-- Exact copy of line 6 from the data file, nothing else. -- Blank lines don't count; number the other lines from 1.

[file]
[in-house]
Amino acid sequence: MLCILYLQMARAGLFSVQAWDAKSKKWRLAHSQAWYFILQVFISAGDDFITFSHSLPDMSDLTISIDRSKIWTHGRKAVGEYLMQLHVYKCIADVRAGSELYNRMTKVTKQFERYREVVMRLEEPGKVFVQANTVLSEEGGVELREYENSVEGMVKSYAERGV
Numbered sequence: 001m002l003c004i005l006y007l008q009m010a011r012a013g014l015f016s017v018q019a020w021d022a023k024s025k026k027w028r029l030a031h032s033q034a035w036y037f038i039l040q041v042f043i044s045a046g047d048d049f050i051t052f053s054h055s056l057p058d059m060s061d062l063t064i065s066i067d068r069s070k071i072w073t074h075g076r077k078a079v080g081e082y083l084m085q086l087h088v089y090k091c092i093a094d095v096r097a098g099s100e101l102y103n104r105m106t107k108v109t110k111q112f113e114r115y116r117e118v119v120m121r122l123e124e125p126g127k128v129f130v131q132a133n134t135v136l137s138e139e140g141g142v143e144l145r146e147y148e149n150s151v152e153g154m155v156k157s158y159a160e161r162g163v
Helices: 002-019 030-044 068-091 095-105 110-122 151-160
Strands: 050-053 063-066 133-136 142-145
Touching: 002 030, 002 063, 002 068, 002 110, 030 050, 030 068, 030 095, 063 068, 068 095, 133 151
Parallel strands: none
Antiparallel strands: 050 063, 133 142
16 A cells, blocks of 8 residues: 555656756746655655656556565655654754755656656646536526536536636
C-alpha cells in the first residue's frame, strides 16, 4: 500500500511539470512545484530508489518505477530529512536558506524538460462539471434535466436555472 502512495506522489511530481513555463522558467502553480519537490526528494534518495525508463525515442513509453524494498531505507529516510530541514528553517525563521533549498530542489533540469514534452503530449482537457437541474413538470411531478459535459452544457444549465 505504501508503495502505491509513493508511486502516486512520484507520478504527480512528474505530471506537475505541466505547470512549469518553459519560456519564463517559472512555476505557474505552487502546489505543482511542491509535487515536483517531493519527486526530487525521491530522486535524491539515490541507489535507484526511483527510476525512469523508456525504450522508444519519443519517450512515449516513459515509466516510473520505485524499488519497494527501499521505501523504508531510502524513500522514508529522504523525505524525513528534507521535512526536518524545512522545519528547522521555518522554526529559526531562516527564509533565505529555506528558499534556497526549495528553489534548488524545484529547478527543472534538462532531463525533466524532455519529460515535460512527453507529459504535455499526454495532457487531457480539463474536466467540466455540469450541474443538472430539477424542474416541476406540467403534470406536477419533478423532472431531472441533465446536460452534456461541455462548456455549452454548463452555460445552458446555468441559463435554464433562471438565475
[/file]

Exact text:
Touching: 002 030, 002 063, 002 068, 002 110, 030 050, 030 068, 030 095, 063 068, 068 095, 133 151